Tweed Forum has delivered several improvements to riparian habitat in the Ettrick and Yarrow catchment above Selkirk, in partnership with Scottish Borders Council (SBC) and landowners. Following comprehensive consultation regarding the Selkirk Flood Plan, which involved building many new flood walls around Selkirk to protect vulnerable housing and businesses, SBC commissioned Halcrow to look at the potential contribution of Natural Flood Management measures in the catchment, and it is these wider catchment measures which Tweed Forum helped to promote.
On the Long Philip Burn, (which badly flooded the Bannerfield area of Selkirk after exceptional downpours in 2003) SBC re-meandered the channel and floodbanks were placed well back to allow the watercourse to flood an area of new parkland. SBC also removed a road bridge, which was often choked with gravel. At the head of a 4 km length of stream on Foulsheils and Linglie farms, Tweed Forum organised the planting of 10 ha of new native woodland as well as improved management of the heathery hills. The planting should stabilise the banks and help to reduce the impact of heavy downpours, as well as provide wildlife habitat and landscape improvements. Funding for this work came through the Scottish Rural Development Programme (SRDP) and SBC’s Habitat Restoration fund (through Southern Uplands Partnership and with assistance from Borders Forest Trust). You can read our case study here.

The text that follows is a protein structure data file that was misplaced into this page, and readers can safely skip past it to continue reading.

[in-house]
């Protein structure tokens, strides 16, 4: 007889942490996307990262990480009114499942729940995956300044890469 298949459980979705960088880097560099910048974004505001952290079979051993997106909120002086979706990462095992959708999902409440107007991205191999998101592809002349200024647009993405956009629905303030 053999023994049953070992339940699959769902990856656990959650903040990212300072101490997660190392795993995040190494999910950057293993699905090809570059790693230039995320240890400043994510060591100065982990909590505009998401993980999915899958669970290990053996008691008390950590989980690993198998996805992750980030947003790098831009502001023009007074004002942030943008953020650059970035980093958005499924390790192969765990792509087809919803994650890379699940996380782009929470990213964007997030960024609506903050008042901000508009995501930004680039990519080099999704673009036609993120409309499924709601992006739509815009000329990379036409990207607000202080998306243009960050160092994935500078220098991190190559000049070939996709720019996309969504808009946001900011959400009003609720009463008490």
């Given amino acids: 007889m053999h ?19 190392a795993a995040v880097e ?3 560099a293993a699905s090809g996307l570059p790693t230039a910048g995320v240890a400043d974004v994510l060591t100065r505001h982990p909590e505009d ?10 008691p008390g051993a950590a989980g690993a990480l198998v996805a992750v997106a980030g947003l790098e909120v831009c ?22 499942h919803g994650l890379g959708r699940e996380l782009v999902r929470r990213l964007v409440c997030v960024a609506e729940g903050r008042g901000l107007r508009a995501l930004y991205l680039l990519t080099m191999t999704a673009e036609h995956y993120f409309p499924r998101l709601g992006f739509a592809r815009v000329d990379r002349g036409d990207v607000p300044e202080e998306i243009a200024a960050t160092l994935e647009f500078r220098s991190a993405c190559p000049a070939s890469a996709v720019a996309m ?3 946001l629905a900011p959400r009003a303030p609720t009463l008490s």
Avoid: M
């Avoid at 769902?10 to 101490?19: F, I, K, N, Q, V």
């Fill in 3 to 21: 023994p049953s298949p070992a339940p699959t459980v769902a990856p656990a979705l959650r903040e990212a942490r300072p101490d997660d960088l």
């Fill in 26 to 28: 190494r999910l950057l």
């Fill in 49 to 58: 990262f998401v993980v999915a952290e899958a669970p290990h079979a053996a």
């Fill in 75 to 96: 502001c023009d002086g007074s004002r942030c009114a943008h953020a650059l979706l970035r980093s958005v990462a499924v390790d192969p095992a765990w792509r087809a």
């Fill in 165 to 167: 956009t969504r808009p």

Further up the Ettrick and Yarrow catchment, at Cossarsill and Mountbenger, deep eroding ditches in blanket bog were dammed and filled in. This was to help the peat bog to retain water and reduce the loss of carbon from peat. A 7 ha (8,500 trees) native woodland was planted along the Whitehope Burn, which joins the Yarrow water. As well as increasing flood capacity and reducing the peak of flood levels, the stream will then be able to recover from the effects of livestock grazing. The banks had collapsed and the river braided, with very shallow warm water in summer, leading to stranded and suffocating fish.
Tweed Forum, in partnership with SBC, also fenced off around 900 m of riparian habitat on the lower Kirkstead Burn and Riskinhope Burn. The fencing on these 2 streams, which flow into St Mary’s Loch, was recommended by the Wild Trout Trust. Follow-up riparian planting within the fenced off zones on both the Kirkstead and Riskinhope was carried out by members of St Mary’s Loch Angling Club. At Annelshope, wetland was created on the floodplain, which will act as extra flood water storage, as well as providing useful open water habitat for wildlife. This work was partly financed through the SBC Glenkerie Windfarm offsite mitigation fund.
At Whitehope Farm, 7 ha of native woodland was planted to slow down rainwater run-off rates and restore natural riverbank vegetation. You can read a case study here.